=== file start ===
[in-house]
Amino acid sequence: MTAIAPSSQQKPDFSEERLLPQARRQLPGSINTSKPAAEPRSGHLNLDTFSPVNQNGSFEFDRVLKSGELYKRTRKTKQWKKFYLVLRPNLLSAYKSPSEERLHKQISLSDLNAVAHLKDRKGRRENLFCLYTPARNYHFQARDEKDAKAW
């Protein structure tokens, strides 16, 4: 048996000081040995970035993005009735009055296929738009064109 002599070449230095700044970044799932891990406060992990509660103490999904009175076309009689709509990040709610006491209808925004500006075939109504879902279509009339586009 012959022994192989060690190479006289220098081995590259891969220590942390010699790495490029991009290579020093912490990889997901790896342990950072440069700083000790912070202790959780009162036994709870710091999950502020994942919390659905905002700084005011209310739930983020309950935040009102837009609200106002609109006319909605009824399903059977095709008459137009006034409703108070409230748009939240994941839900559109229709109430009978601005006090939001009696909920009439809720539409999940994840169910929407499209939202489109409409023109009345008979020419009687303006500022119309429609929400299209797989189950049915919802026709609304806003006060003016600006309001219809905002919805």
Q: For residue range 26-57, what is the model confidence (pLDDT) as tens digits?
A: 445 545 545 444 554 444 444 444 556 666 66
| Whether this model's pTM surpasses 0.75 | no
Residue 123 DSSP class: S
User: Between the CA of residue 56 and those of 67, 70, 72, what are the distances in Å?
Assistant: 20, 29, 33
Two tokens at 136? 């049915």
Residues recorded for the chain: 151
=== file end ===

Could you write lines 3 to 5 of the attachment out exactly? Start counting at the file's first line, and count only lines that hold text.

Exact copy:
């Protein structure tokens, strides 16, 4: 048996000081040995970035993005009735009055296929738009064109 002599070449230095700044970044799932891990406060992990509660103490999904009175076309009689709509990040709610006491209808925004500006075939109504879902279509009339586009 012959022994192989060690190479006289220098081995590259891969220590942390010699790495490029991009290579020093912490990889997901790896342990950072440069700083000790912070202790959780009162036994709870710091999950502020994942919390659905905002700084005011209310739930983020309950935040009102837009609200106002609109006319909605009824399903059977095709008459137009006034409703108070409230748009939240994941839900559109229709109430009978601005006090939001009696909920009439809720539409999940994840169910929407499209939202489109409409023109009345008979020419009687303006500022119309429609929400299209797989189950049915919802026709609304806003006060003016600006309001219809905002919805």
Q: For residue range 26-57, what is the model confidence (pLDDT) as tens digits?
A: 445 545 545 444 554 444 444 444 556 666 66